Let's Get a Pup Literature Guide

Grade Level: 
K, 1, 2, 3
Animal Welfare
by Bob Graham - A guide for parents, teachers, and group leaders to accompany the reading of this picture book. The guide below provides before, during, and after-reading discussion questions. Choose from activities and discussion questions to build children's understanding of generosity, community, and caring for animals.

In this story, Kate and her thoroughly modern parents yearn for a dog after the loss of a beloved cat. They visit an animal shelter and find Dave, who is “everything that a pup could be.” But they are sad to leave behind an older dog named Rosy who tugs at their heartstrings. Each family member has a wish for Rosy to be comfortable in a loving home. After one night at home with Dave, the family goes back and rescues Rosy. This book may inspire you to rescue a pet or to help out needy shelter animals in any way you can.

Before Reading

ASK: Where can we go to find a pet? We can rescue a pet from an animal shelter. This is a place where pets live until a loving family adopts them.

SHOW: Look at the pictures of the dogs at the rescue center. Look at all the different dogs. Can you find happy, sad, excited, and quiet dogs?

CONNECT: There are as many different dogs as people. What makes the people in your family unique and special? What kind of pet do you think would fit best in your family?.

During Reading

ASK: What are the family’s three wishes for Rosy? Why do you think they wish these things for her?

SHOW: Look at the picture of the family walking away from Rosy’s kennel. How do you think the family and Rosy feel?

CONNECT: Have you ever seen a person or animal in need and felt bad because you didn’t or couldn’t help them? If you didn’t help them, what could you do now to help? Just feeling for a person or animal is a great start. This is called compassion. Look up this word in a dictionary and think of ways to show compassion to others.

After Reading

ASK: Why do you think Kate’s family goes back for Rosy? How does this make Rosy feel? How do Kate and her parents feel in the end?

SHOW: Look at the picture of the family at the animal shelter. What does it mean to be a family?

CONNECT: Who are the people and pets in your family? What do you like best about being a family?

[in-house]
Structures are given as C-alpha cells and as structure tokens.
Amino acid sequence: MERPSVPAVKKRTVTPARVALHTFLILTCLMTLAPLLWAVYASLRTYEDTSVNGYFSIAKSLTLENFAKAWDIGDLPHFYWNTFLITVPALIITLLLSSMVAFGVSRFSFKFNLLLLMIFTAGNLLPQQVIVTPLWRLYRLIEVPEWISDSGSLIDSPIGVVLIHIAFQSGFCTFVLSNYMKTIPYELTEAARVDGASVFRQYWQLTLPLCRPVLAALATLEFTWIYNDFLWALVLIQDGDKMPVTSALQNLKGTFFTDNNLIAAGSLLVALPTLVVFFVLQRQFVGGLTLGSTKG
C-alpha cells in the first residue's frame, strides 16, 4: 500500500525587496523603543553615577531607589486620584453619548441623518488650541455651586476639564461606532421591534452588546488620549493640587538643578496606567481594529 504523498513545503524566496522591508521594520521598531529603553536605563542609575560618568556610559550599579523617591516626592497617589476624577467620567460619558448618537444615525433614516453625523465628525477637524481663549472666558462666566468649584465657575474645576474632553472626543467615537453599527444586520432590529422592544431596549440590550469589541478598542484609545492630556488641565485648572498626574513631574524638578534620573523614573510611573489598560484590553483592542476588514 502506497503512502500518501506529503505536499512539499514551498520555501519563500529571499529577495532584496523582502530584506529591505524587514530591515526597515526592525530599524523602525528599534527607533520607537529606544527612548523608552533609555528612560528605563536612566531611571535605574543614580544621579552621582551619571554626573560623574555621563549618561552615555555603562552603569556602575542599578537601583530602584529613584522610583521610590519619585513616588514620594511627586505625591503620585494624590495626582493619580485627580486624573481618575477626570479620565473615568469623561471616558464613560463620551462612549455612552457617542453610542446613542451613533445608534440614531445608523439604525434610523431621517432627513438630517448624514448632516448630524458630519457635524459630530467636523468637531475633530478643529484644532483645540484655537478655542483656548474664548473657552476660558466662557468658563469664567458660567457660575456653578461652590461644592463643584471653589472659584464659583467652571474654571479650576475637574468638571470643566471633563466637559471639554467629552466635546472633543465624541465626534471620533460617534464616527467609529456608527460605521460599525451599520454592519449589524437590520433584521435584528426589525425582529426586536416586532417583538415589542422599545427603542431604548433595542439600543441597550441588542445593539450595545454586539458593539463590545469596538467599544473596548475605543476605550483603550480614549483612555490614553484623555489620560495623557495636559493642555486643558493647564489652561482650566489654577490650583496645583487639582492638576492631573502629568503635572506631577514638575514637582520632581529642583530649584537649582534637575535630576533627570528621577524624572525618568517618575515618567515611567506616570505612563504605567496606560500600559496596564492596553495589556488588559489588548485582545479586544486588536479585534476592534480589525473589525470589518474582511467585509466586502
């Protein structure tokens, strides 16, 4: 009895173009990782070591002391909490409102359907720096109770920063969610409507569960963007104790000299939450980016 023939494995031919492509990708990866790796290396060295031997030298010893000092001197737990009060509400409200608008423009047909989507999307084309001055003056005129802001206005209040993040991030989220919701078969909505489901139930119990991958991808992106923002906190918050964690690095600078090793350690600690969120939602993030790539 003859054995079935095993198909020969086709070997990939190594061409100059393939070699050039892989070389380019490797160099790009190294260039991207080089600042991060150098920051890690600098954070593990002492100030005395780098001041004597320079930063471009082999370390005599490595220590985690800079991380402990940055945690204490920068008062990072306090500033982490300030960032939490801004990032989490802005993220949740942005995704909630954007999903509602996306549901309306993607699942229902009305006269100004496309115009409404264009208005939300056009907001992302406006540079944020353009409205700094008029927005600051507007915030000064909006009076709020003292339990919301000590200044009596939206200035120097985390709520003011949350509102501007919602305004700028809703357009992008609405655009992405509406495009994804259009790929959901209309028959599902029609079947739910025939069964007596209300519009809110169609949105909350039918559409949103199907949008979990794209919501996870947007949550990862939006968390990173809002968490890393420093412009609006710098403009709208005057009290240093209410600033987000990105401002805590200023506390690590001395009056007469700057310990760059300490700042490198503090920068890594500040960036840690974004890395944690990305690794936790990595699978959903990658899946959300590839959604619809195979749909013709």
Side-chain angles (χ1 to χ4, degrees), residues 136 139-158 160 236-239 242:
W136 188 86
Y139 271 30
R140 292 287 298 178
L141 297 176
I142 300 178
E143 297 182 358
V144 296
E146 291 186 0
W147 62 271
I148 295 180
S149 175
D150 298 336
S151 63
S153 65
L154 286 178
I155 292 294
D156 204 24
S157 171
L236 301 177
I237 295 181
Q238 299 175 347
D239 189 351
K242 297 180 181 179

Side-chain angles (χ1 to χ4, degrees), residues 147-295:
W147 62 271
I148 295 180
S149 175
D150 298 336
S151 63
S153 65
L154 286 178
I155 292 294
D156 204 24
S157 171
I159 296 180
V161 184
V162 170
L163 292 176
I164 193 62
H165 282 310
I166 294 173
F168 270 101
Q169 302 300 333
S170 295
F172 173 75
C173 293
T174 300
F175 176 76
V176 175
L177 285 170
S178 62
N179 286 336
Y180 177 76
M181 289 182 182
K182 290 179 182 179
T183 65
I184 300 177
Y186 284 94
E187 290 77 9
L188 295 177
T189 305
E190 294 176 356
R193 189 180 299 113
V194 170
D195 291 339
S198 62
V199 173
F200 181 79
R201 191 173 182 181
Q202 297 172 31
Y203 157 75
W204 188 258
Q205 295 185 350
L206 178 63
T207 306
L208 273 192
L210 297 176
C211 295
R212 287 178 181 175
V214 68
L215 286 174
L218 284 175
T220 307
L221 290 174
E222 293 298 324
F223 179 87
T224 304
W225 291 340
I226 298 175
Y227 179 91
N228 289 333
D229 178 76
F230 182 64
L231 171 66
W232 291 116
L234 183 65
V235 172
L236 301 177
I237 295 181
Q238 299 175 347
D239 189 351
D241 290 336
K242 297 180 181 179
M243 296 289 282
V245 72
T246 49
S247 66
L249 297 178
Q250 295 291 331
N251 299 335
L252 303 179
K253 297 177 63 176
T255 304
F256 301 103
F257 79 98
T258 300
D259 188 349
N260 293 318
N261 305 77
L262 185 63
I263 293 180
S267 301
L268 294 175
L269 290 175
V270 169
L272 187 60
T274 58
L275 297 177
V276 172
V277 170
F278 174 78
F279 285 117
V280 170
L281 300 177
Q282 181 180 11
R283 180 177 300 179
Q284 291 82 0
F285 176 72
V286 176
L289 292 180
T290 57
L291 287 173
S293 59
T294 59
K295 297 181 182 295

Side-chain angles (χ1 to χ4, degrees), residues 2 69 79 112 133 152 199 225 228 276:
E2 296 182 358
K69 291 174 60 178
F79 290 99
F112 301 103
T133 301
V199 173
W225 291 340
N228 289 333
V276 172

1. Even if your family can’t adopt a pet right now, you can help the pets at animal shelters. To find a local animal shelter near you, go to the ASPCA website and locate their “Find a Shelter” Web page by clicking on the “Adopt” bar on the left side of the home page. Click on the link to find out how you can help.
  2. Volunteer to help an elderly or sick neighbor walk their animal.
  3. Dogs at animal shelters can always use a treat to let them know they are loved. Make the dog biscuits below and take them to your local animal shelter for the dogs.

    Makes 4 to 5 dozen dog biscuits
    Make sure there’s an adult to help you use the oven, and read the entire recipe before you begin baking.
    • 1 package dry yeast
    • 1/4 cup warm water
    • 2 cups vegetable or chicken stock
    • 3 1/2 cups unbleached flour
    • 2 cups whole wheat flour
    • 1 cup rye flour
    • 2 cups cracked wheat or wheat germ
    • 1/2 cup dry milk
    • 1 teaspoon salt (optional)
    • 1 egg
    • 1 tablespoon milk
    1. Preheat the oven to 300 degrees Fahrenheit.
    2. Dissolve yeast in 1/4 cup warm water. Add to vegetable or chicken stock. Next, combine all dry ingredients in a separate bowl; add stock mixture.
    3. Knead mixture on a floured surface for about 3 minutes, working it into a stiff dough. Roll out to a thickness of 1/4 inch. Cut the dough into bars or use a dog-bone cookie cutter.
    4. Beat 1 egg with 1 tablespoon milk. Brush each biscuit with a little of the egg/milk mixture and place on cookie sheets. Bake for about 45 minutes.
    5. Turn off the heat in the oven, but leave the biscuits in the oven overnight. This makes them hard and crunchy.
    6. Give a biscuit to a dog and watch it munch away!
    [Recipe courtesy of the ASPCA—see www.aspca.org and follow this path: “Humane Education” to “Service Learning” to “Make a Cat Nip Toy and Bake Dog Biscuits”]